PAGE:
Spring is mosquito season
Mosquitoes love warm, wet weather. Spring is their favorite season!
Research has shown that
over others. Blame your genes. 😕 mosquitoes prefer certain people
But you won’t always be able to hide behind a tastier friend.
And even though mosquito bites are mostly a seasonal annoyance, in some parts of the country/world mosquitoes carry serious diseases like Zika virus, West Nile virus, malaria, chikungunya, yellow fever …
read on May is Melanoma and Skin Cancer Awareness Month
We’re on the cusp of summer, which is a great time to think about protecting your skin from the sun.
More than 4 million people are diagnosed with some form of skin cancer every year in the US. Damage from ultraviolet (UV) radiation is responsible for the majority of cases.
The best skin cancer prevention tip? Limit your exposure to UV light, …
read on Baby, it’s cold outside!
Most of the headlines over the last few days have focused on the arctic “cyclone” and
brutally cold temperatures affecting a big chunk of the US.
Low temperature records are being shattered. Many states are reporting wind chills of -30°F or less.
That’s not just cold—that’s life threatening.
Outside my house, in Seattle, the weather is a pretty seasonal 40°F. And rainy. Lucky us.
But anyone …
read on Today’s guest post about cost-effective home remedies for foot fungus comes from Sarah Jones (bio below). Thanks for sharing this information, Sarah! FN Symptoms and causes of foot fungus
Foot fungus (athlete’s foot or toenail fungus) is relatively common and many will experience it at least once in their lifetime. Common symptoms include:
Itchiness Peeling Burning sensation Blisters or sores Cracked skin on your foot, particularly between the toes Yellow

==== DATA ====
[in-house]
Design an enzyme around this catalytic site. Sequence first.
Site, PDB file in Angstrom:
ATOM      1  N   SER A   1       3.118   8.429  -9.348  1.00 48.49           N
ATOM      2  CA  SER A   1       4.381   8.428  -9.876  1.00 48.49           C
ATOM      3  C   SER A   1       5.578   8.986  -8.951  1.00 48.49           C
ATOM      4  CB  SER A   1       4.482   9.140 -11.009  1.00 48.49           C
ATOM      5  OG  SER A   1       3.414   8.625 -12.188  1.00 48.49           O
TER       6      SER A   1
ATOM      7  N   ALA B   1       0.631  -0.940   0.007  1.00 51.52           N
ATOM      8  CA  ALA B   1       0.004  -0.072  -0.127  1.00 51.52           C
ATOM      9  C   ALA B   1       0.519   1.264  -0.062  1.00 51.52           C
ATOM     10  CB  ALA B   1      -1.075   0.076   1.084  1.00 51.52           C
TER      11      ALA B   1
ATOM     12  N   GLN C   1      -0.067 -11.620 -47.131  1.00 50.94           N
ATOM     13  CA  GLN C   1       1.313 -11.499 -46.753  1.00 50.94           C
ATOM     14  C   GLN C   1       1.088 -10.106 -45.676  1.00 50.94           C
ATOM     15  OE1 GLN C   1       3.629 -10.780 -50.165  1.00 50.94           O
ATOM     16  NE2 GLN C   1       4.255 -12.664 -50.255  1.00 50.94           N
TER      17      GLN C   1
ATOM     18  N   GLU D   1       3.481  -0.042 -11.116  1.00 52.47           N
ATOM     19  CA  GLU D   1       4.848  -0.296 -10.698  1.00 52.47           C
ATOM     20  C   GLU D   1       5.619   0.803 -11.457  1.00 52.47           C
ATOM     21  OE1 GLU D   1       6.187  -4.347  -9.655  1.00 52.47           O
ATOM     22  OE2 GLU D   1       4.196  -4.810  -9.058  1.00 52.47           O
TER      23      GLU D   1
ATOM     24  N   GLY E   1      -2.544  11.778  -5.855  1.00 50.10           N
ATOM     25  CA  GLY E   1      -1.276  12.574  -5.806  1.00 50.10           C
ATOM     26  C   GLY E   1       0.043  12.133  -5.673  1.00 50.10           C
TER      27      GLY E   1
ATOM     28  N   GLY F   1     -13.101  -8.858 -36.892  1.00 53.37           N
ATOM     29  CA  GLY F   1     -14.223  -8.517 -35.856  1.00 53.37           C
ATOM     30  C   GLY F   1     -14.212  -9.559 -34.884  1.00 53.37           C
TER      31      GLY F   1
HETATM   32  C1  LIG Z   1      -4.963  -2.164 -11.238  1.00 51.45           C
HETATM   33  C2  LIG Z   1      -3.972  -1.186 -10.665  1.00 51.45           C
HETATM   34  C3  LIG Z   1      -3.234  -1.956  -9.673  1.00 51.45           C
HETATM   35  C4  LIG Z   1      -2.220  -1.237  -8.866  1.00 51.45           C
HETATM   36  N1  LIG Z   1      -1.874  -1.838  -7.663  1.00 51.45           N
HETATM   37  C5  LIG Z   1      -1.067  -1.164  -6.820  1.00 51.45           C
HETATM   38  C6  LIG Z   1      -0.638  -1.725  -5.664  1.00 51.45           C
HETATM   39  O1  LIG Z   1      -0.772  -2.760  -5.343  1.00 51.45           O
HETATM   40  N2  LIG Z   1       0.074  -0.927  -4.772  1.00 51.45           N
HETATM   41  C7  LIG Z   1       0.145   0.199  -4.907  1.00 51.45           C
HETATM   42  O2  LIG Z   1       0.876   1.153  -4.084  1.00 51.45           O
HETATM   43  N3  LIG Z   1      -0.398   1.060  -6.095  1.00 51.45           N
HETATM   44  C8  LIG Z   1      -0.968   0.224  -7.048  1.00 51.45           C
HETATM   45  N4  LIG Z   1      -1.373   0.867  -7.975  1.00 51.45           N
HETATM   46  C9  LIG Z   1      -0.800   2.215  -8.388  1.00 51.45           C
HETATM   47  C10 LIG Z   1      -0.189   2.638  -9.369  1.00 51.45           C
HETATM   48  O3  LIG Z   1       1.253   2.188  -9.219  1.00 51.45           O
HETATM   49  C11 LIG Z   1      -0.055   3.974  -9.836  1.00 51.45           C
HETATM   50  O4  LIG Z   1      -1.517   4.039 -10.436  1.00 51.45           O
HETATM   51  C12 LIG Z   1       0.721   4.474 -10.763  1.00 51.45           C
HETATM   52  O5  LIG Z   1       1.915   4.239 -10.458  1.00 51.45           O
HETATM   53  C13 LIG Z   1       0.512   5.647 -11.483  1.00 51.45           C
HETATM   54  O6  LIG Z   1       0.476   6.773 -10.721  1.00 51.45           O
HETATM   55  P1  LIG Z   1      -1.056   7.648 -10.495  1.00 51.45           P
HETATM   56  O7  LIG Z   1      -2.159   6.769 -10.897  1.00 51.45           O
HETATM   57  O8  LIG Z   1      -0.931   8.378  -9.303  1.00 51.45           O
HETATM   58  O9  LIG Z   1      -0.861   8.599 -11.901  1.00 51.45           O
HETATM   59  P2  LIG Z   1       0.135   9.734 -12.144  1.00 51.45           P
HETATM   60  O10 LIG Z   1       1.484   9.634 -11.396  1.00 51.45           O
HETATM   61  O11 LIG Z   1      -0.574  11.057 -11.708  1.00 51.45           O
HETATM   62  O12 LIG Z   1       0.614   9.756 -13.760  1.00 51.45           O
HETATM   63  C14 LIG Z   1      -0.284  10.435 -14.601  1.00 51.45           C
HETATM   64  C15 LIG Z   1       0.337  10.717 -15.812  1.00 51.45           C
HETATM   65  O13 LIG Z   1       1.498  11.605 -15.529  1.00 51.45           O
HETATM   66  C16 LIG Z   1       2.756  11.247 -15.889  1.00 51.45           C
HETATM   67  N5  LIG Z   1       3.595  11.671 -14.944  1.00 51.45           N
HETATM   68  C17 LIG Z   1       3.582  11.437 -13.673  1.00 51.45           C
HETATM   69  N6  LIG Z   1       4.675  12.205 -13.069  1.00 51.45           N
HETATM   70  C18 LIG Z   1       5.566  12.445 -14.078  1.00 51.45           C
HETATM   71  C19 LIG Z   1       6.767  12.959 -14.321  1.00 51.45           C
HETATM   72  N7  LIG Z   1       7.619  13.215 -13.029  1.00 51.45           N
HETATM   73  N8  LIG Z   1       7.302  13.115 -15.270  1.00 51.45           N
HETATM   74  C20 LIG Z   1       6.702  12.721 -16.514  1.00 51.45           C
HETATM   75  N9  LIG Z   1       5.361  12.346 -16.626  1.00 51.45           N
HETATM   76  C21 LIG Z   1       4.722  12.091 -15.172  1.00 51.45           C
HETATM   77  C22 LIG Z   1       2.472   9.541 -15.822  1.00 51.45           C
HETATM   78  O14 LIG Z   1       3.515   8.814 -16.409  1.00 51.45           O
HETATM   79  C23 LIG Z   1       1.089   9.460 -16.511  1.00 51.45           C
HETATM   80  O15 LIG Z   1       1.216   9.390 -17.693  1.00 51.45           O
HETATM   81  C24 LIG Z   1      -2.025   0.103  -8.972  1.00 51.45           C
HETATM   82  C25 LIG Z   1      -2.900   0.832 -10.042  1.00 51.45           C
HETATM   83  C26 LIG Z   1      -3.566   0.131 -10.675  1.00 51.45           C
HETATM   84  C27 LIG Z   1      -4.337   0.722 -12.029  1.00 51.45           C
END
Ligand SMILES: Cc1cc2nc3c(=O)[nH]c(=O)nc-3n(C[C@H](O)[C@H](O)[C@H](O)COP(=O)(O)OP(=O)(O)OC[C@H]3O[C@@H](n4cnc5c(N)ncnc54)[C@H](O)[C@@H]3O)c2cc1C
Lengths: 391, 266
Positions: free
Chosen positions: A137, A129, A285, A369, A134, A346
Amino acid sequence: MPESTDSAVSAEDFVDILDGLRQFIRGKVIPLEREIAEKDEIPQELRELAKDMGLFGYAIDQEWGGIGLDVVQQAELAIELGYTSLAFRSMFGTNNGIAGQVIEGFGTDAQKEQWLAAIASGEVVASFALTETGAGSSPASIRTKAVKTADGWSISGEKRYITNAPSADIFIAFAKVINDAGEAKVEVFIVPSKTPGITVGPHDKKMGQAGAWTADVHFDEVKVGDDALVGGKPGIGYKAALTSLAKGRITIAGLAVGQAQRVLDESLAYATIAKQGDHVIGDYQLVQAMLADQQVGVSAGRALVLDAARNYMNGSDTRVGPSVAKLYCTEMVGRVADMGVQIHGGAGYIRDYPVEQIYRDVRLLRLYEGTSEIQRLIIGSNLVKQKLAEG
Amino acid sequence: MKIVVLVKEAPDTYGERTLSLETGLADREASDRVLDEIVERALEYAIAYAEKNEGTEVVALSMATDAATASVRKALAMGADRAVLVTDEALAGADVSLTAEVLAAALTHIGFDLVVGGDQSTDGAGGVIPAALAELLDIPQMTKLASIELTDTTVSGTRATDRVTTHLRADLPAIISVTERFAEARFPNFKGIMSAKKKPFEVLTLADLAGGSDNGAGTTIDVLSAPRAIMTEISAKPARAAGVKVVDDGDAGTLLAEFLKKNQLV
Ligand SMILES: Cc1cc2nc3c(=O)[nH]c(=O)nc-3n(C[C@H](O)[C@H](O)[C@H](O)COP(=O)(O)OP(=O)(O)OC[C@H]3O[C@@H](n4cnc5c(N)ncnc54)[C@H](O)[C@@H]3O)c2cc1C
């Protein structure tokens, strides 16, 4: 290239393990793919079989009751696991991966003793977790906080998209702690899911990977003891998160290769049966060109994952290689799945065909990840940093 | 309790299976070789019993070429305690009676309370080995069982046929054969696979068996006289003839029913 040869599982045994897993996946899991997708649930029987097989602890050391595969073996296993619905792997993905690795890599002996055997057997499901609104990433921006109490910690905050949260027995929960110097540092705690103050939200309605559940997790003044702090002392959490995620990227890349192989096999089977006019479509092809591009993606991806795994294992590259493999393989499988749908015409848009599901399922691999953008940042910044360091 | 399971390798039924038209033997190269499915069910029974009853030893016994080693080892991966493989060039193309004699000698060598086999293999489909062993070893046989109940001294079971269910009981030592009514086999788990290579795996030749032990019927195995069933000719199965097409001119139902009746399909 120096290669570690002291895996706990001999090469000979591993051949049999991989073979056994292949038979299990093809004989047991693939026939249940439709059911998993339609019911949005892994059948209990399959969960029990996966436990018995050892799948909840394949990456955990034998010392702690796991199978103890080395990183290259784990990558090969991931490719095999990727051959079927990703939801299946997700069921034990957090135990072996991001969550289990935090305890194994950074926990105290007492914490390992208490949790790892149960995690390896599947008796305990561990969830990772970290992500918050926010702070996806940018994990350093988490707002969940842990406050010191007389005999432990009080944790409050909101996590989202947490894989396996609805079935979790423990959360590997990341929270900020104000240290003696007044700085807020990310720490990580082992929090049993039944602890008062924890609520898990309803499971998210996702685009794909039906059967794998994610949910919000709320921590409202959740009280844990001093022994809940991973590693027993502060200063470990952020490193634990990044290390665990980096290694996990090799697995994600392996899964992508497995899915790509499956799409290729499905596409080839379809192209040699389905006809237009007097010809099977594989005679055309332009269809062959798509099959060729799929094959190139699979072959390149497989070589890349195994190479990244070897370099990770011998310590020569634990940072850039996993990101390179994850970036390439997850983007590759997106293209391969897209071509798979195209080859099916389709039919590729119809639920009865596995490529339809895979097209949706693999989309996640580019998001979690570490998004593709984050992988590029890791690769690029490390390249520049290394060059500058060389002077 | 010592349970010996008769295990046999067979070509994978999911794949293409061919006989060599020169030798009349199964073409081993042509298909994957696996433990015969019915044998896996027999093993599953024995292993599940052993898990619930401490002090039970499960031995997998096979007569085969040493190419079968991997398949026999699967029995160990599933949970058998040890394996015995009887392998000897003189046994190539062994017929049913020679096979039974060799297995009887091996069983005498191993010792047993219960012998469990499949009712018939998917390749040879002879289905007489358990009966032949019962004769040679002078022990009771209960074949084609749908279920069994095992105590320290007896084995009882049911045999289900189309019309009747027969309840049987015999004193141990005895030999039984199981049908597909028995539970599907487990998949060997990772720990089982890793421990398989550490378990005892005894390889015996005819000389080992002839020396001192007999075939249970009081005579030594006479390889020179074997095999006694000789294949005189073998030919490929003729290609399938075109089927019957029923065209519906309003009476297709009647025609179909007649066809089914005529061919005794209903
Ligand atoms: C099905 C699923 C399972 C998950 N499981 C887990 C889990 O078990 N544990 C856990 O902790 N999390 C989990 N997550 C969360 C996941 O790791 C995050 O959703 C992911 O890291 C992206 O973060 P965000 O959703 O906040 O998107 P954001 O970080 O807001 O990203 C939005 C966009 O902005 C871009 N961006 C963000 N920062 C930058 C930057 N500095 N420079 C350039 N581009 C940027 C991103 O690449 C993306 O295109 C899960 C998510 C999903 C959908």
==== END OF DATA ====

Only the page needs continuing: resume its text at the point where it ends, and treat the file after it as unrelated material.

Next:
read on May is Skin Cancer Awareness Month!
I think one of the best discussions about the prevention and detection of melanoma is from Doctor Mike Evans in this YouTube video:
It’s only 8 minutes long, but packed full of information.
Melanoma is deadly
. Did you know: the numbers are increasing From 1970 to 2009, the incidence of melanoma increased by 800 percent among young
read on One cream to treat them all
Over the weekend, I discovered I had a minor case of athlete’s foot. I’m no athlete, but note to self: wear flip-flops when taking a shower at the gym!
I couldn’t find a tube of antifungal cream in my medicine cabinet—it’s been years since anyone in my family has needed it—so I went out to buy one.
A large number of options confronted me. …
read on Clouds don’t protect you from the sun
On a cloudy summer day it’s easy to forget that the sun’s skin-damaging ultraviolet or UV rays aren’t blocked by the clouds. We still have to
use sunscreen, wear hats and sunglasses, or stay out of the sun to protect ourselves. Related post: Be informed – What is SPF?
UV rays not only cause sunburn, but also skin cancer and cataracts. …
read on “Insufficient evidence”
Many years ago I had a primary care doctor who used to perform a total body skin examination (TBSE) on me every year as part of my annual exam.
Of course, those all-inclusive physicals are a thing of the past. I haven’t had a physician perform a TBSE for a long time.
I often wondered about that. A TBSE seems like a relatively easy and harmless way to …
read on Few summer ailments are as common as sunburns.
Prevention is key, of course, and you can read my previous posts on using sunscreens and how to save money on them.
But if you or your kids get a sunburn, here are some simple steps you can take to stop the burning and promote healing.
You don’t need to buy a bunch of special products. …
read on Just in time for spring and summer fun in the sun, the results of a large and long-term study on the hazards of avoiding the sun were published last week in the Journal of Internal Medicine.
Usually all we hear about are the bad things about too much sun exposure—skin cancer, melanoma, wrinkles, sunburns, etc.
But this study out of Sweden, which followed 30,000 women for 20 years,
found:… read on